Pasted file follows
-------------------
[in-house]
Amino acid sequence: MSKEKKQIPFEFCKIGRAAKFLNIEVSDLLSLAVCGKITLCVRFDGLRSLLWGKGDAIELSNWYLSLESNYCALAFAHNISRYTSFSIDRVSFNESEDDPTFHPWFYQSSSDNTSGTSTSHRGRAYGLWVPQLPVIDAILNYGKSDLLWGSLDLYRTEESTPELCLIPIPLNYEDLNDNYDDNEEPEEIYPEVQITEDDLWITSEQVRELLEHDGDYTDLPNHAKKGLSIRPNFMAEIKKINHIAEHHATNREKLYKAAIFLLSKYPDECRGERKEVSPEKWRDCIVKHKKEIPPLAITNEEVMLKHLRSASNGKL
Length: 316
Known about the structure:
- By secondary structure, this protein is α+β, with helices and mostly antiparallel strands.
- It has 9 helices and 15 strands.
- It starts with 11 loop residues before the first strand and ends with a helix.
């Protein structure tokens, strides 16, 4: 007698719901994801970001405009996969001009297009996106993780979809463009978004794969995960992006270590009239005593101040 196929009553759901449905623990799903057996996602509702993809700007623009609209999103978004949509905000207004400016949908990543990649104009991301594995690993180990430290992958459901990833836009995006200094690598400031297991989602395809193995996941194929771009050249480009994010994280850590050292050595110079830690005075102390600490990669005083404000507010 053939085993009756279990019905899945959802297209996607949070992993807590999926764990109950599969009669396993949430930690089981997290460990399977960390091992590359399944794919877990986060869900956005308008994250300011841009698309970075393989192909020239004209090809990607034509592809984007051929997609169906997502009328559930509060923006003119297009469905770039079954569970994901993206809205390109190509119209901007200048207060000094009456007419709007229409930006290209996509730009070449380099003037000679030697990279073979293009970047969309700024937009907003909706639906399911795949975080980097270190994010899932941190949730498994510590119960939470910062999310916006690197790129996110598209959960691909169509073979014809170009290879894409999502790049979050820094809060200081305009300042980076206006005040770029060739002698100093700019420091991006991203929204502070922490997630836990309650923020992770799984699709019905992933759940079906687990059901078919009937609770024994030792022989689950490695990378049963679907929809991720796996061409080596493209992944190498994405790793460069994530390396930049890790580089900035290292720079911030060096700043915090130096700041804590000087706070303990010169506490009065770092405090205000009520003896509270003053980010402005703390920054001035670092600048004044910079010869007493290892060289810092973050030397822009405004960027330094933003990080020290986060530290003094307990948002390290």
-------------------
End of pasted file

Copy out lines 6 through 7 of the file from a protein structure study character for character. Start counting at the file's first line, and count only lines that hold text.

- It has 9 helices and 15 strands.
- It starts with 11 loop residues before the first strand and ends with a helix.